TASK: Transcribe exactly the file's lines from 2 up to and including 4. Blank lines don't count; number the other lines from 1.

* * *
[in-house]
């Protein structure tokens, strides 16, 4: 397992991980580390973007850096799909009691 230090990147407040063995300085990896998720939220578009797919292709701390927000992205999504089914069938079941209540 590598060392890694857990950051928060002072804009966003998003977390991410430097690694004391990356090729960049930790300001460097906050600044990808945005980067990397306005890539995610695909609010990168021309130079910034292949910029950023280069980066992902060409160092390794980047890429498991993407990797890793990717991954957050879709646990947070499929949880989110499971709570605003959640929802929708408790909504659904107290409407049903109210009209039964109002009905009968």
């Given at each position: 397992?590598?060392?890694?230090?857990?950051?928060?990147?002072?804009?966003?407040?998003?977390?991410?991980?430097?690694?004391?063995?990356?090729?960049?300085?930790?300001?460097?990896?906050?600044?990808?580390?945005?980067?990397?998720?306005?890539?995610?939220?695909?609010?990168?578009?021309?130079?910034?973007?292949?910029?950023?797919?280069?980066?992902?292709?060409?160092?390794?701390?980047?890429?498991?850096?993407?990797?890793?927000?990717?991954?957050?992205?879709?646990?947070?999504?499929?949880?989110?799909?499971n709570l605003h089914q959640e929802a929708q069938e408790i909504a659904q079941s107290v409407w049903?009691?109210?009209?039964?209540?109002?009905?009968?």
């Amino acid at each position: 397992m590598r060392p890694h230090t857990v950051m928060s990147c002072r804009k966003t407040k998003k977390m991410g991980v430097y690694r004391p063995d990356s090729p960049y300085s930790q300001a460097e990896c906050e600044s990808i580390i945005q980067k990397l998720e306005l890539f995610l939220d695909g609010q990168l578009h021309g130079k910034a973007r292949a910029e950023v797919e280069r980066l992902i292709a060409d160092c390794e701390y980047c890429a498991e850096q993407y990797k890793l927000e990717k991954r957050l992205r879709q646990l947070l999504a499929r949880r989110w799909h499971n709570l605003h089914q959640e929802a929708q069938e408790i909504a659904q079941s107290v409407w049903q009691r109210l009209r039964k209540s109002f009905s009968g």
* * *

């Protein structure tokens, strides 16, 4: 397992991980580390973007850096799909009691 230090990147407040063995300085990896998720939220578009797919292709701390927000992205999504089914069938079941209540 590598060392890694857990950051928060002072804009966003998003977390991410430097690694004391990356090729960049930790300001460097906050600044990808945005980067990397306005890539995610695909609010990168021309130079910034292949910029950023280069980066992902060409160092390794980047890429498991993407990797890793990717991954957050879709646990947070499929949880989110499971709570605003959640929802929708408790909504659904107290409407049903109210009209039964109002009905009968």
């Given at each position: 397992?590598?060392?890694?230090?857990?950051?928060?990147?002072?804009?966003?407040?998003?977390?991410?991980?430097?690694?004391?063995?990356?090729?960049?300085?930790?300001?460097?990896?906050?600044?990808?580390?945005?980067?990397?998720?306005?890539?995610?939220?695909?609010?990168?578009?021309?130079?910034?973007?292949?910029?950023?797919?280069?980066?992902?292709?060409?160092?390794?701390?980047?890429?498991?850096?993407?990797?890793?927000?990717?991954?957050?992205?879709?646990?947070?999504?499929?949880?989110?799909?499971n709570l605003h089914q959640e929802a929708q069938e408790i909504a659904q079941s107290v409407w049903?009691?109210?009209?039964?209540?109002?009905?009968?």
């Amino acid at each position: 397992m590598r060392p890694h230090t857990v950051m928060s990147c002072r804009k966003t407040k998003k977390m991410g991980v430097y690694r004391p063995d990356s090729p960049y300085s930790q300001a460097e990896c906050e600044s990808i580390i945005q980067k990397l998720e306005l890539f995610l939220d695909g609010q990168l578009h021309g130079k910034a973007r292949a910029e950023v797919e280069r980066l992902i292709a060409d160092c390794e701390y980047c890429a498991e850096q993407y990797k890793l927000e990717k991954r957050l992205r879709q646990l947070l999504a499929r949880r989110w799909h499971n709570l605003h089914q959640e929802a929708q069938e408790i909504a659904q079941s107290v409407w049903q009691r109210l009209r039964k209540s109002f009905s009968g």